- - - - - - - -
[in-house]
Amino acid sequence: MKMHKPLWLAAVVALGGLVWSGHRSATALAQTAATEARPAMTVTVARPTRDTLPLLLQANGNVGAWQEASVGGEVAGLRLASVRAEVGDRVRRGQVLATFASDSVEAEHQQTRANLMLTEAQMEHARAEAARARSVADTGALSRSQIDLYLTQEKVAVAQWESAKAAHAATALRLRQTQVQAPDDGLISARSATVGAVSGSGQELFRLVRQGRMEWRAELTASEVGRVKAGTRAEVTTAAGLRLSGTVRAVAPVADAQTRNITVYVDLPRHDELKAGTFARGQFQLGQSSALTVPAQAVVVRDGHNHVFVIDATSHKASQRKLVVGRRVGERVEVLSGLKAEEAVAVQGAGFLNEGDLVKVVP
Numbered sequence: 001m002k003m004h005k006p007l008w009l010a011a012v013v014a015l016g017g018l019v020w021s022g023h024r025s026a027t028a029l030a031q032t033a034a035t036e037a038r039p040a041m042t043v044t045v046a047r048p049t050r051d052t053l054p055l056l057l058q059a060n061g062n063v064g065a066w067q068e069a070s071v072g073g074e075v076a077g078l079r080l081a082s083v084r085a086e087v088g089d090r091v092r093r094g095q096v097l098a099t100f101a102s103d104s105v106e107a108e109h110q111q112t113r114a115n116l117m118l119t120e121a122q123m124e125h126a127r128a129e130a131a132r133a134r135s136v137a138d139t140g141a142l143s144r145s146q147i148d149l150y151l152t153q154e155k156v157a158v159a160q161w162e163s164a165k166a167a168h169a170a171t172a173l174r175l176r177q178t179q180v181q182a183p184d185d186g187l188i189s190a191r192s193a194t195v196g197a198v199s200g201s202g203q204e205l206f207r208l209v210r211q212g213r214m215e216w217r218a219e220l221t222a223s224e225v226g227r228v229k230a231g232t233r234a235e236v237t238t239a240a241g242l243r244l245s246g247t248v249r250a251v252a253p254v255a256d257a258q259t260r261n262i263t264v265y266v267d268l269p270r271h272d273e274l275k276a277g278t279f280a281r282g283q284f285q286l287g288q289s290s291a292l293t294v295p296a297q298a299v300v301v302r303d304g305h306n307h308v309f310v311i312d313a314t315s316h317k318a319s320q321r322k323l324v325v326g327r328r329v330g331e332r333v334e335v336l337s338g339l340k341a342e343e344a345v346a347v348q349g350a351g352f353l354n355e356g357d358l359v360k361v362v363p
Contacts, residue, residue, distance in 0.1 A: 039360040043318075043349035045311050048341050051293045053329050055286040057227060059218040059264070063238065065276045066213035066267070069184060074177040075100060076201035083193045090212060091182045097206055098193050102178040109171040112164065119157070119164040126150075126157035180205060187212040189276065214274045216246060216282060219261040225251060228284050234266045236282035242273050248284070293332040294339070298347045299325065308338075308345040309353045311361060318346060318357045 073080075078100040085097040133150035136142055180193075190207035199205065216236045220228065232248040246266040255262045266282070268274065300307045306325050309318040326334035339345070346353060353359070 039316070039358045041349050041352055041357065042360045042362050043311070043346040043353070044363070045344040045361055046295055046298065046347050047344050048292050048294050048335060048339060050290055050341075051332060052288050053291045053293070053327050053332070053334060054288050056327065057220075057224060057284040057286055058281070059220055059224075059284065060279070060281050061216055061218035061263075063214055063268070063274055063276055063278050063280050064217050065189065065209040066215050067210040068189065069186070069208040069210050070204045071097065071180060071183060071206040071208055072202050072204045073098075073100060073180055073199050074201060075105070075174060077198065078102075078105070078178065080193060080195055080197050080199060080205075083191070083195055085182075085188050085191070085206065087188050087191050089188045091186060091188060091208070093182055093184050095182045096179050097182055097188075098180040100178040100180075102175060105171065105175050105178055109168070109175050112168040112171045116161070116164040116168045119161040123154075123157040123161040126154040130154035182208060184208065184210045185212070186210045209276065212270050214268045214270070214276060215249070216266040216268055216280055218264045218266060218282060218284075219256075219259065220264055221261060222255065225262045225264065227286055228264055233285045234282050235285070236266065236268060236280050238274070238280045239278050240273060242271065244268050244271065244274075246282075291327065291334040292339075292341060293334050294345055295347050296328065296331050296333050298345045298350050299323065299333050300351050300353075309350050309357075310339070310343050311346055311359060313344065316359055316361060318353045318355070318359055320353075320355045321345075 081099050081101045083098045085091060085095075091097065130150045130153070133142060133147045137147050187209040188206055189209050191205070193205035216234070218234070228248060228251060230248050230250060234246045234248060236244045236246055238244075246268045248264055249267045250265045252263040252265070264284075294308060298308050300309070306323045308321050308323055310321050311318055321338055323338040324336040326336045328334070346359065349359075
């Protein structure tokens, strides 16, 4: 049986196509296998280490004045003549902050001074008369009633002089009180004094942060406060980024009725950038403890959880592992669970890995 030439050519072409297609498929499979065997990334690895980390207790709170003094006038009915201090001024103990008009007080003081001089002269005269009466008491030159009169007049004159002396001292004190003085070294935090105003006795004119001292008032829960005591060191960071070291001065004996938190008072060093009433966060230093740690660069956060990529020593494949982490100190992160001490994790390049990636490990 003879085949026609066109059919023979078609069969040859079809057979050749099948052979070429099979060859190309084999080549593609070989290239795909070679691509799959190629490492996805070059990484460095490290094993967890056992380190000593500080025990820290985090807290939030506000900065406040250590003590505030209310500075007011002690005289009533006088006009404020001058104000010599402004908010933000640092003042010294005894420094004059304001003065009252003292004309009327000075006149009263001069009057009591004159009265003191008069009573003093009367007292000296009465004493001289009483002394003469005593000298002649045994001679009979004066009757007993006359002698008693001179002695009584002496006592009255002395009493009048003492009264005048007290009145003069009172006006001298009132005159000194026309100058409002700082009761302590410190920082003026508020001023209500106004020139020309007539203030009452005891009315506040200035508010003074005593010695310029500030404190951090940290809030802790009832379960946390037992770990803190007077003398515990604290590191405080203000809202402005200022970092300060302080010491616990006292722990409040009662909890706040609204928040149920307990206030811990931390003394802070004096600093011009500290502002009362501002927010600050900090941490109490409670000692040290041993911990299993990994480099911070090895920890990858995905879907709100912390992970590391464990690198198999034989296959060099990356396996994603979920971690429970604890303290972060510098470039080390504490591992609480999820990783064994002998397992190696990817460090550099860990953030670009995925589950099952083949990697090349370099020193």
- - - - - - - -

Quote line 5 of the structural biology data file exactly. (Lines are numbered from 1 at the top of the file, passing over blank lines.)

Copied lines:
């Protein structure tokens, strides 16, 4: 049986196509296998280490004045003549902050001074008369009633002089009180004094942060406060980024009725950038403890959880592992669970890995 030439050519072409297609498929499979065997990334690895980390207790709170003094006038009915201090001024103990008009007080003081001089002269005269009466008491030159009169007049004159002396001292004190003085070294935090105003006795004119001292008032829960005591060191960071070291001065004996938190008072060093009433966060230093740690660069956060990529020593494949982490100190992160001490994790390049990636490990 003879085949026609066109059919023979078609069969040859079809057979050749099948052979070429099979060859190309084999080549593609070989290239795909070679691509799959190629490492996805070059990484460095490290094993967890056992380190000593500080025990820290985090807290939030506000900065406040250590003590505030209310500075007011002690005289009533006088006009404020001058104000010599402004908010933000640092003042010294005894420094004059304001003065009252003292004309009327000075006149009263001069009057009591004159009265003191008069009573003093009367007292000296009465004493001289009483002394003469005593000298002649045994001679009979004066009757007993006359002698008693001179002695009584002496006592009255002395009493009048003492009264005048007290009145003069009172006006001298009132005159000194026309100058409002700082009761302590410190920082003026508020001023209500106004020139020309007539203030009452005891009315506040200035508010003074005593010695310029500030404190951090940290809030802790009832379960946390037992770990803190007077003398515990604290590191405080203000809202402005200022970092300060302080010491616990006292722990409040009662909890706040609204928040149920307990206030811990931390003394802070004096600093011009500290502002009362501002927010600050900090941490109490409670000692040290041993911990299993990994480099911070090895920890990858995905879907709100912390992970590391464990690198198999034989296959060099990356396996994603979920971690429970604890303290972060510098470039080390504490591992609480999820990783064994002998397992190696990817460090550099860990953030670009995925589950099952083949990697090349370099020193």